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    I never said a new Camaro couldn't... I'm just saying there's a big difference between a week old ZR1, Camaro, etc. and a week old Toyota Tundra, Chevy Cobalt, or something like that. See what I'm getting at?
     
  20. 396Hawk

    396Hawk Active Member

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    No I don't. What is the difference between a new ZR1 that someone has spent a shit load of time detailing and a new Tundra that someone has spent a shit load of time detailing? Is it simply because you like Vettes more than Tundras?
     
  21. Tony Stark

    Tony Stark John McCain has an illegitimate mexican baby

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    So its the price tag that matters? A $100,000 car should win over a $20,000 car that had a thousand hours invested into it?
     
  22. 396Hawk

    396Hawk Active Member

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    Amen!! Someone else undestands what I am saying!!

    :bigthumb:
     
  23. victimizati0n

    victimizati0n New Member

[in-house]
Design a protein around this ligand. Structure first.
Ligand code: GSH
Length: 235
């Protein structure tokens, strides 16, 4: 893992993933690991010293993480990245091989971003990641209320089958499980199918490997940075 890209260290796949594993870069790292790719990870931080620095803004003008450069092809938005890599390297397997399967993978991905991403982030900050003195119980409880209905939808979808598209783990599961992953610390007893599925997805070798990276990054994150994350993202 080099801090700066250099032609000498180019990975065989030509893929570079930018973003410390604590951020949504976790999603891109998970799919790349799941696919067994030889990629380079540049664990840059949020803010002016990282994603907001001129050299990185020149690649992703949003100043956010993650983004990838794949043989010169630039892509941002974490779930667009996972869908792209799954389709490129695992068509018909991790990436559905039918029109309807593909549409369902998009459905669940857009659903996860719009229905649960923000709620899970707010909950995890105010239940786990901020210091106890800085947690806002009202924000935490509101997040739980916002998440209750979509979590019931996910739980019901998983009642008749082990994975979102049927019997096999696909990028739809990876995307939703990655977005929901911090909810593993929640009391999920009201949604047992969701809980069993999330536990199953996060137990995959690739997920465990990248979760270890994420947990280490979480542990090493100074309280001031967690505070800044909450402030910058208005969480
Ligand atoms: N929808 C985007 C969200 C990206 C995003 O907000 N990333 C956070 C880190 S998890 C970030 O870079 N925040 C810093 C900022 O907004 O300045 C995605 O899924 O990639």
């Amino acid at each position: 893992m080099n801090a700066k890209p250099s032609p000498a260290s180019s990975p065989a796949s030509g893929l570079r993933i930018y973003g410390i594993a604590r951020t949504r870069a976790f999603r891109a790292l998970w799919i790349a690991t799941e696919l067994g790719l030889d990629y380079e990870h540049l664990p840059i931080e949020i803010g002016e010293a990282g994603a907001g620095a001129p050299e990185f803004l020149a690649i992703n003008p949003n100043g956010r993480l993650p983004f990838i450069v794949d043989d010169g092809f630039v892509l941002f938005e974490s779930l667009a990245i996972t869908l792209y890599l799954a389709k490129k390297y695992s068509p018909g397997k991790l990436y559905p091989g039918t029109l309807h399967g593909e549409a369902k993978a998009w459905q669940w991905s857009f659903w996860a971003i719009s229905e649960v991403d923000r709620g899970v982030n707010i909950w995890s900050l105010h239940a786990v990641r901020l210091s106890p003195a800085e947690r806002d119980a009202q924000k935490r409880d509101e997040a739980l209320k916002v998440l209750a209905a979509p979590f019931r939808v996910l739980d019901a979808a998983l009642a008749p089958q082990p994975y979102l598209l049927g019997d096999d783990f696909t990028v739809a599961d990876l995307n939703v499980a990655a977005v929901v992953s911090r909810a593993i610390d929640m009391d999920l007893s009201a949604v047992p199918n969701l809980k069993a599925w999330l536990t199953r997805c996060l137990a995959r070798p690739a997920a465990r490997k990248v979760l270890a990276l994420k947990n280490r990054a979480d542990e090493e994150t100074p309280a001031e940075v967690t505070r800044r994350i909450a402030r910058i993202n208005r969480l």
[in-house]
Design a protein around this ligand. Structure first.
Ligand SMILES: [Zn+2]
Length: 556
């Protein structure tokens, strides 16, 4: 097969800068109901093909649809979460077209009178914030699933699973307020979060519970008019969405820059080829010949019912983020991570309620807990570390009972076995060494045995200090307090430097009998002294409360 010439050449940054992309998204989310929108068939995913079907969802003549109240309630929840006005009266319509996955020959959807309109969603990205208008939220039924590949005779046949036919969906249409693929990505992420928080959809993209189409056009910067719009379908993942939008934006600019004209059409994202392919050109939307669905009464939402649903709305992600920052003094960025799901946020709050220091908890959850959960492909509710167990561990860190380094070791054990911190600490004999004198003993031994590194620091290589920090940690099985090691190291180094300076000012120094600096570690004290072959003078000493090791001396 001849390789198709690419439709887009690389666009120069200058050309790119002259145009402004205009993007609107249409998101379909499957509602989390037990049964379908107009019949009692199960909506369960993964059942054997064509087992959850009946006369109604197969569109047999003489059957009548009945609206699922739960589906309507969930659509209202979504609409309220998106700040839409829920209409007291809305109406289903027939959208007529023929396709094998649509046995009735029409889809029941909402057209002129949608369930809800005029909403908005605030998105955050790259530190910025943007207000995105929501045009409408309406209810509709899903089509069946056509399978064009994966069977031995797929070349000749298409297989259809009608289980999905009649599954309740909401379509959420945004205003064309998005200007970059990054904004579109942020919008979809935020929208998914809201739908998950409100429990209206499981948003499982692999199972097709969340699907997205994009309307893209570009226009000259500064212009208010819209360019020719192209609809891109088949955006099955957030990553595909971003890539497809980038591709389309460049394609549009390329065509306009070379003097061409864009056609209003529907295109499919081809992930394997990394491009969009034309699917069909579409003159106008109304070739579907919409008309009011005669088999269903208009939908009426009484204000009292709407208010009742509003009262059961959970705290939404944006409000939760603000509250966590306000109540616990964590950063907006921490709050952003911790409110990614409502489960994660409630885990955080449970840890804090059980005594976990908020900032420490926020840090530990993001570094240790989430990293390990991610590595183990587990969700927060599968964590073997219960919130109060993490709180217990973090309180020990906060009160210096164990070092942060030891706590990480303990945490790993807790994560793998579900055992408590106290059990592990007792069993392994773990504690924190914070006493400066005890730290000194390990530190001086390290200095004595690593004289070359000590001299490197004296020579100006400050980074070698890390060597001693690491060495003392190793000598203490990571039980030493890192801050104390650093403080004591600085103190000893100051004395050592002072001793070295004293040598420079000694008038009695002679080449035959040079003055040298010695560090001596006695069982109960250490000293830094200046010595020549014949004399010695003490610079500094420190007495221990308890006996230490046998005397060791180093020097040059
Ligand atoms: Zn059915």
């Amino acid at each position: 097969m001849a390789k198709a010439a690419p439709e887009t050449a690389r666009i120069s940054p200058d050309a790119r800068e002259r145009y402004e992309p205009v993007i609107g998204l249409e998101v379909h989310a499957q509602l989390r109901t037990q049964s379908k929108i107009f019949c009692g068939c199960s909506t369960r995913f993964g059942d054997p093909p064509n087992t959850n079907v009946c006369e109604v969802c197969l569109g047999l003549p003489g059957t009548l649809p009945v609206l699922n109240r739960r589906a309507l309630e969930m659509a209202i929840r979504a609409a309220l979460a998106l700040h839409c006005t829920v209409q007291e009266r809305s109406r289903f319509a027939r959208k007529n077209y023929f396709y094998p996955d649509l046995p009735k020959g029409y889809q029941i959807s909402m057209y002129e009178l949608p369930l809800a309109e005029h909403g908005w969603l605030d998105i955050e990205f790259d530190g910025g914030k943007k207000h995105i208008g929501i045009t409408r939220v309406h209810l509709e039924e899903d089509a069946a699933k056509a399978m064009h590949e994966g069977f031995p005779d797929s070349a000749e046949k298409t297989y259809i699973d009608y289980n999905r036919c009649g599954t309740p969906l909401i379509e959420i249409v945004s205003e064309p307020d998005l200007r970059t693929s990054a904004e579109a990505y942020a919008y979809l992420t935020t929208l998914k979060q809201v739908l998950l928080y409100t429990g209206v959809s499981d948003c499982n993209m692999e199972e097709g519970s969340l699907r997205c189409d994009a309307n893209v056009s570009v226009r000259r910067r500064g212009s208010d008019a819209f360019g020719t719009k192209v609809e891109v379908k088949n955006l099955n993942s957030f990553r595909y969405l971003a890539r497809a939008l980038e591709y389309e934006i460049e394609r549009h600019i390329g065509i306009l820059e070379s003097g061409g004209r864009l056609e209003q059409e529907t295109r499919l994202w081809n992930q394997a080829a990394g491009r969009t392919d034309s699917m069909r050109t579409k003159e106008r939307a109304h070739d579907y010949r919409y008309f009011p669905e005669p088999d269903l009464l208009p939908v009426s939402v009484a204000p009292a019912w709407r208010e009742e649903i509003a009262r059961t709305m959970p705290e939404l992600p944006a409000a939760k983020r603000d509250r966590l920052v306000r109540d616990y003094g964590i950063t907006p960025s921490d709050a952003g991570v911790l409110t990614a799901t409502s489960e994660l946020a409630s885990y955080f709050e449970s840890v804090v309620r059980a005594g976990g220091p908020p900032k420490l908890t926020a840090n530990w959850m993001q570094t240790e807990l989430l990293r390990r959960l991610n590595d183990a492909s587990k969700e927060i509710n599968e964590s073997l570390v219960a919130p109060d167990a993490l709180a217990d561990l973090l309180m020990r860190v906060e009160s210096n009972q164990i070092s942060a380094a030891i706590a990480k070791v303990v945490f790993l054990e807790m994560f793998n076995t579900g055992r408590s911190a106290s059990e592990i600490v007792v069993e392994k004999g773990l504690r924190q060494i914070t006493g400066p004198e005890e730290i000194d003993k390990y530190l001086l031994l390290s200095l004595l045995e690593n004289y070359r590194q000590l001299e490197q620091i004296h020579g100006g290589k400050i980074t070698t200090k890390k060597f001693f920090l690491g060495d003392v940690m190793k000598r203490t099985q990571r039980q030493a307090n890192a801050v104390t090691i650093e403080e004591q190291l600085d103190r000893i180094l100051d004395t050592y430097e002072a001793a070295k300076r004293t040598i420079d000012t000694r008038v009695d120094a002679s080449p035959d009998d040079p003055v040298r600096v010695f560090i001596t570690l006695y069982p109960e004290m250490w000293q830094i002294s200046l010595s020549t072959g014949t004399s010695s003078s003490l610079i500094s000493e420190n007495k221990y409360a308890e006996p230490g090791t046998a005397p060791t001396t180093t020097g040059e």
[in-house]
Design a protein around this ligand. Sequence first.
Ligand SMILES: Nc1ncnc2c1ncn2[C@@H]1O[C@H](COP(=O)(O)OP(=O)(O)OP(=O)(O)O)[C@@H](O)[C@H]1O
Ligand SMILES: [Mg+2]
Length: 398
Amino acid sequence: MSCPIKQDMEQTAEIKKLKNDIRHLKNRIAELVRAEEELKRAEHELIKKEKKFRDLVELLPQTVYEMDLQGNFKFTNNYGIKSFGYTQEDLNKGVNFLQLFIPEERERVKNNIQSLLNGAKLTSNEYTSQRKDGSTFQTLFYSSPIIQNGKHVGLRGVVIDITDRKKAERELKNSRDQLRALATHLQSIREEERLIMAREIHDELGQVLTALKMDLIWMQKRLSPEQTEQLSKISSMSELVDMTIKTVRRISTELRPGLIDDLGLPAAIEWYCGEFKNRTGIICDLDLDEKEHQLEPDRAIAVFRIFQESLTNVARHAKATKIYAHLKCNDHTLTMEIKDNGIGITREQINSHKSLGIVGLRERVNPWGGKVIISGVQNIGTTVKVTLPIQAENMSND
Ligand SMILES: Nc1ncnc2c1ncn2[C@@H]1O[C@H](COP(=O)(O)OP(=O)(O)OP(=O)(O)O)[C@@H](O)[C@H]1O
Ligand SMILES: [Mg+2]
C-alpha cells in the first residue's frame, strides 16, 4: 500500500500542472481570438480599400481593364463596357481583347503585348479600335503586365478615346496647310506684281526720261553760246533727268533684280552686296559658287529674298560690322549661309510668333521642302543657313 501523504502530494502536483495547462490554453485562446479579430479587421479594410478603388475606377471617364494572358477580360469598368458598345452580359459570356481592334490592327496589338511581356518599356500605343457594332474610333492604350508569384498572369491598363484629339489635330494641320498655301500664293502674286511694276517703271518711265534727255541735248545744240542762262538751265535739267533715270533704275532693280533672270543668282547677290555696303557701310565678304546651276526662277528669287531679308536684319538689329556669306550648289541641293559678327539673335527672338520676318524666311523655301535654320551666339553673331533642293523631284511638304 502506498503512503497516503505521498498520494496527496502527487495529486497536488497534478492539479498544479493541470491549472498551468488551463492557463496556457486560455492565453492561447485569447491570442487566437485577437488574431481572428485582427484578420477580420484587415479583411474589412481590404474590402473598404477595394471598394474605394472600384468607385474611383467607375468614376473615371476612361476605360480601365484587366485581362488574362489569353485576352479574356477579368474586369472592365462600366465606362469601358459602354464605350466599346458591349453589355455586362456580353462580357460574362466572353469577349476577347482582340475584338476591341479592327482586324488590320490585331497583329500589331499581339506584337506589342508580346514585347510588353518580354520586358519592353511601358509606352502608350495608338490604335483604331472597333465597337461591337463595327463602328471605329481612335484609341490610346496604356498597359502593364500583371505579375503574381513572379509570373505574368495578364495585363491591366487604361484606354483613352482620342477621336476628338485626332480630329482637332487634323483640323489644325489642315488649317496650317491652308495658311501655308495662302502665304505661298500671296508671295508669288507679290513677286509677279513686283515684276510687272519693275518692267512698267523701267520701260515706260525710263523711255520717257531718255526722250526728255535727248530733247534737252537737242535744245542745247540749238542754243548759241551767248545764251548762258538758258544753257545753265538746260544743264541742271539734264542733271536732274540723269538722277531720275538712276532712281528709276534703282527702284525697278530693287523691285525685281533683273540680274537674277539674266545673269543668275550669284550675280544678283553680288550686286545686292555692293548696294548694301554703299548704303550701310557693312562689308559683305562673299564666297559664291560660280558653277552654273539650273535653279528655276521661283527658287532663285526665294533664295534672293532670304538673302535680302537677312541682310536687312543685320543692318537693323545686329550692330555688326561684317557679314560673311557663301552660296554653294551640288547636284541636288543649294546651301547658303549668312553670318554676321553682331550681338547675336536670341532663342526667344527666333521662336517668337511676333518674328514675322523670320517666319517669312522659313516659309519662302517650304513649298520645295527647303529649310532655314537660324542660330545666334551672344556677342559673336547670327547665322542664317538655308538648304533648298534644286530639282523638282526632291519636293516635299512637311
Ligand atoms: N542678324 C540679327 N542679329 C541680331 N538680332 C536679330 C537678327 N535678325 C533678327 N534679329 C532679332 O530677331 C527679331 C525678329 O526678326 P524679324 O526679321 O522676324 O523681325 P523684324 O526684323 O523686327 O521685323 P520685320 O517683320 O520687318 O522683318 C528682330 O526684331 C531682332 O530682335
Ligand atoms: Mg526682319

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    i fucking hate when igo to a car show and see a bunch of 1st gen camaros, cudas, chevelles, etc. then some dumb fuck has his 2009 ford mustang in there :ugh2:
     
  24. 396Hawk

    396Hawk Active Member

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    Why? If the show is organized correctly (classes), it shouldn't matter who else is there.

    When I had my '93 Mustang, I entered more shows in the first year than I did after that. Keep in mind in the first 2 months I installed a Procharger, Saleen front air damn, '92 Z28 rear spoiler, wheels, full set of gauges and had a bunch of underhood parts painted, chromed and polished. Not to mention I cleaned it to within an inch of it's life which was a PITA since it was my daily driver and sat outside 24/7.

    I'm sure I prepped my car 10 times longer than guys pulling up in garage/trailer queens so why shouldn't I have been in the show?
     
  25. BlazinBlazer Guy

    BlazinBlazer Guy Witness to The De-Evolution of Mankind.

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    I do get your point, believe me. I'm not only a professional detailer, but I'm a detailing enthusiast to a huge degree. All I'm saying is that if I see a Tundra sitting next to a ZR1 at a car show, and both brand new and detailed to the hilt, yeah I'm going to vote for the ZR1 over the Tundra. Is there something fundamentally wrong with that?

    That's not even the point of the whole debate, anyway.... so how about we get back on topic here?